Engineering tomorrow’s world: My career in construction

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Sizewell C engineer Vanessa Burton is using VR and 4D modelling to build the communities of tomorrow - Credit: Sizewell C

Discover how Sizewell C engineer Vanessa Burton is building a brighter future through her career in construction.

Travelling when she was young, Vanessa Burton was captivated by infrastructure – buildings, bridges, stations: “I wanted to know how things were made.”  

Vanessa studied at St Francis Xavier Sixth Form College in Clapham and completed work experience with the Architecture Foundation's 'Between the Bridges' project in summer 2009. She studied Civil Engineering (MEng Hons) at the University of Surrey and was awarded the Surrey/ICE Scholarship, interning with Mott MacDonald before joining the company as a graduate engineer.

In 2019 Vanessa joined Sizewell C, the proposed power station in Suffolk, as an embedded contractor.  

Today, Vanessa, 30, is an engineer working on Sizewell C.

“It is a really varied role and I have worked both on-site and with clients in design consultancy from my desk,” she says.  

Vanessa has worked on implementing innovative new methodologies and interfaces such as 4D modelling and virtual reality (VR).  

“4D is beneficial for building designs, constructability and mitigating risk,” Vanessa explains. “VR headsets allow you to virtually walk around a site – VR is going to be massive in the industry.” 

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Before coming to East Anglia, Vanessa has enjoyed working on the London Underground’s Northern line extension, as well as the Thames Tideway and Doha Metro in Qatar. 

“Major infrastructure allows people to travel to see their family or produce sustainable energy, for example. I can point to something and say: ‘I designed that. What I have helped to build is benefitting the community.’ The impact you can make is fantastic – that’s what I love about my job.” 

Vanessa argues certain skills are crucial for a career in engineering.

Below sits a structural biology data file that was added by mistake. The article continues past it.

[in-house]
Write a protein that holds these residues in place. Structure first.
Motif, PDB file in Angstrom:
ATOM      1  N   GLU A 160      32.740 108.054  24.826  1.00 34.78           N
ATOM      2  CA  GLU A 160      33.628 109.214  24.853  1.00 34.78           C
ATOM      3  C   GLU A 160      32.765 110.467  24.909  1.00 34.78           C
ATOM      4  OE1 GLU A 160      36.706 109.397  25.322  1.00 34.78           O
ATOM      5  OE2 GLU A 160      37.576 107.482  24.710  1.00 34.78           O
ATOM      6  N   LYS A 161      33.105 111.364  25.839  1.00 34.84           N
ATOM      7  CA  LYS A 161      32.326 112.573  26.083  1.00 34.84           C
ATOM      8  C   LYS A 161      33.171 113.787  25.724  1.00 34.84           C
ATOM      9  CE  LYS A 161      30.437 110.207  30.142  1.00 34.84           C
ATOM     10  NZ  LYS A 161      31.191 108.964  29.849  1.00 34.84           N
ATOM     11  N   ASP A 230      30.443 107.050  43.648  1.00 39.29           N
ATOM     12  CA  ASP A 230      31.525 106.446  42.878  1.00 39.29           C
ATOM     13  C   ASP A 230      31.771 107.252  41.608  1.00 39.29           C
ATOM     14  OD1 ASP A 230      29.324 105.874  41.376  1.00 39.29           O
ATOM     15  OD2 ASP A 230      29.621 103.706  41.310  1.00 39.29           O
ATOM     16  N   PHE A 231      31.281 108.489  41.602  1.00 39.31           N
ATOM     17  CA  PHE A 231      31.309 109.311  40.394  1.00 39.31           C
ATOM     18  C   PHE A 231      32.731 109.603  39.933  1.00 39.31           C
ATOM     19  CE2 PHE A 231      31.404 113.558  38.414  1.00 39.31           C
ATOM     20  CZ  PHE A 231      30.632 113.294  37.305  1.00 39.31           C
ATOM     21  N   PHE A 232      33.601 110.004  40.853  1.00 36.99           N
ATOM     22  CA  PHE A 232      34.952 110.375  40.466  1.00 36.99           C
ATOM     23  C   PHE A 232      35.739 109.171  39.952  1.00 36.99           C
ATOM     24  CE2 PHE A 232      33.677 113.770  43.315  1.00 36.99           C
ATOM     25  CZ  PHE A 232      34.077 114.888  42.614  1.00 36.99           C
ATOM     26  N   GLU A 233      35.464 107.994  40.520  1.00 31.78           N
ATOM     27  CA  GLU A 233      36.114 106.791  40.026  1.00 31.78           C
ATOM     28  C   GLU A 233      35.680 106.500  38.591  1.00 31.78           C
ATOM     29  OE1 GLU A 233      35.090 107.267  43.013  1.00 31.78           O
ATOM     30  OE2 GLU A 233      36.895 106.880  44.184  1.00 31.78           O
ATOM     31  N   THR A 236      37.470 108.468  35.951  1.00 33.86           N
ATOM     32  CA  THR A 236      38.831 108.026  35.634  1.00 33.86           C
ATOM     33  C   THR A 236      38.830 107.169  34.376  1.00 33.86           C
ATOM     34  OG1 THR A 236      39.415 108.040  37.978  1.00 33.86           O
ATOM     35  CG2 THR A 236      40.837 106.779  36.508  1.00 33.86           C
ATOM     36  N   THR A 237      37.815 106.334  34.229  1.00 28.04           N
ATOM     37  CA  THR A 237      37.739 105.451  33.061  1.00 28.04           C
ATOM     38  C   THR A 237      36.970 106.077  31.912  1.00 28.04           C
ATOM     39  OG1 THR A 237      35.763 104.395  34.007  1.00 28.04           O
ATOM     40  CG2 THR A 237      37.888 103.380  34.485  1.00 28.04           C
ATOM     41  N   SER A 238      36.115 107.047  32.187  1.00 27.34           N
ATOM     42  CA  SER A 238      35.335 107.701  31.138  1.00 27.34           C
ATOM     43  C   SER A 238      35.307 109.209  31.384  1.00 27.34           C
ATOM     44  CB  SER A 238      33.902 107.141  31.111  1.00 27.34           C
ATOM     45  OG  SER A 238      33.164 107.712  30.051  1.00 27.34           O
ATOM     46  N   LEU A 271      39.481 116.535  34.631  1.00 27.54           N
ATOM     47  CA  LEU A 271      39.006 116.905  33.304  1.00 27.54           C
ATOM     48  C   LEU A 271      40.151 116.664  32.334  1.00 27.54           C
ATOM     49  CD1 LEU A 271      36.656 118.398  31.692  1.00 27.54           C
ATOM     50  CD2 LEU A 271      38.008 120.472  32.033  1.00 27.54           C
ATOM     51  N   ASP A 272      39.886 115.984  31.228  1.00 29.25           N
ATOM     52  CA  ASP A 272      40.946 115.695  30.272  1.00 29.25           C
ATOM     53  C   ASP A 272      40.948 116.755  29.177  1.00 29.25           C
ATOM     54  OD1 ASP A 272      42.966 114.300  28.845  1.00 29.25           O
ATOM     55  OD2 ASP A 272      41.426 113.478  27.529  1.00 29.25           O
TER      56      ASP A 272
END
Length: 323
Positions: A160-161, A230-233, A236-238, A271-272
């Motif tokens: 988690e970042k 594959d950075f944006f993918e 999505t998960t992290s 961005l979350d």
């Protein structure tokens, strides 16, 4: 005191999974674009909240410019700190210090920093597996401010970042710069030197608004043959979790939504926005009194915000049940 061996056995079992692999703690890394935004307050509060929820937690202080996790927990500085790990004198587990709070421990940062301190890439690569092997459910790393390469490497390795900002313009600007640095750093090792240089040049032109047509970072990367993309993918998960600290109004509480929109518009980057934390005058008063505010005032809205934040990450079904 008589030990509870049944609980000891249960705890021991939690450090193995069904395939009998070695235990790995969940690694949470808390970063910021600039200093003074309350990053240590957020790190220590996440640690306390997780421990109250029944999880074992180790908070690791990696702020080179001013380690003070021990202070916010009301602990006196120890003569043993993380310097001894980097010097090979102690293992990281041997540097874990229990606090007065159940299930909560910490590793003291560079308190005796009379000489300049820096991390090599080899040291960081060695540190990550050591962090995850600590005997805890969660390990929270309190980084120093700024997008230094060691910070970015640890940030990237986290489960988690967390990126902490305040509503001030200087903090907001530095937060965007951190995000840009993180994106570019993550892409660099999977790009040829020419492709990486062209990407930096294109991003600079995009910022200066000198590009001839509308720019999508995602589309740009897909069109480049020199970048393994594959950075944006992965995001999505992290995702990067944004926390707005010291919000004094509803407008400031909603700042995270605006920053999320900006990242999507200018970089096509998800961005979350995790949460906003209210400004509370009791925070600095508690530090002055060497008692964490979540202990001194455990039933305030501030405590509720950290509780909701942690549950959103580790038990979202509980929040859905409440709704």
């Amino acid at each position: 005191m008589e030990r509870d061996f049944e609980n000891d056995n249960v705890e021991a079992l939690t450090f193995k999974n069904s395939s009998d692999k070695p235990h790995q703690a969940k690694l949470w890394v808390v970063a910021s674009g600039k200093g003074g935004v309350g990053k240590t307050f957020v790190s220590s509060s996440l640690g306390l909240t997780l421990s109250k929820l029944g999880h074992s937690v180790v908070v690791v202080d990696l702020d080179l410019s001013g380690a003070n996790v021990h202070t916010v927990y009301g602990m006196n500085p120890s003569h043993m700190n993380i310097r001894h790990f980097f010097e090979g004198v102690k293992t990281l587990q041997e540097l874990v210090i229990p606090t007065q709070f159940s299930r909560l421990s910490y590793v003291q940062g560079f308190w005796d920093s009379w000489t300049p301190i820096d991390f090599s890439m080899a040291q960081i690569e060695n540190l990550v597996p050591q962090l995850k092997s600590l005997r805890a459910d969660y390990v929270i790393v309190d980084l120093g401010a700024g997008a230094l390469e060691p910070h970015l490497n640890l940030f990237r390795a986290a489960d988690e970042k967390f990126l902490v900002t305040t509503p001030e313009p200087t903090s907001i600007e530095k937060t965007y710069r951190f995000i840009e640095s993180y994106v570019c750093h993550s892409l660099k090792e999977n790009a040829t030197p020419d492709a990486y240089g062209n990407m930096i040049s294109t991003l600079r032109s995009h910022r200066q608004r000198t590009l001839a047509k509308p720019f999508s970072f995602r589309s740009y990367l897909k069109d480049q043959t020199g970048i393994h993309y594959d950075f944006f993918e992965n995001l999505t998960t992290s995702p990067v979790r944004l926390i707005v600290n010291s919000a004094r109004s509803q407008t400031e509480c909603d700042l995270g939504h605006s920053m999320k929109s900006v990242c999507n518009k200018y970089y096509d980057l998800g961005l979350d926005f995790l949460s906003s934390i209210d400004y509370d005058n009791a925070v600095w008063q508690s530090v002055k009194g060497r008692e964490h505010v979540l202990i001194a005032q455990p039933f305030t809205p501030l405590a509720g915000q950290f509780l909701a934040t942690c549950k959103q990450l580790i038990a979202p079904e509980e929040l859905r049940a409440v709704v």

“As an engineer, you are always searching for the right answer,” she says. “Patience, decision-making and positive visualisation are important in terms of generating a strategy to ensure you complete the job.” 

But it is not just technical skills that are important. “People often forget about soft skills like communication,” Vanessa says. “Being able to clearly articulate your thoughts is one of the most important skills. 

“If you want a career in construction: just do it,” Vanessa advises. “The construction industry has proved resilient despite Covid-19 and there are so many possible opportunities.” 

And Vanessa has one last message to those women setting out on a career in construction. “Good luck to those enrolled in the Women into Construction workshops and courses,” she adds. “I hope to work with you soon – it is so important to have more women on board!”  

For more information visit

Join the workshop  

Are you a woman interested in a career in construction and based in Norwich, Great Yarmouth, Acle and Wymondham? Join our fortnightly workshops on February 15, March 1, March 15 and March 29 and find out more about a four-week training programme commencing June 7 to start building your career.   

For more information, please contact Steph Sheppard at Women into Construction at  

This page is sponsored by Lovell Partnerships and Morgan Sindall Construction, in association with Women into Construction, Sizewell C, the Department of Work & Pensions, East Coast College, Clarion Futures and Labour Desk.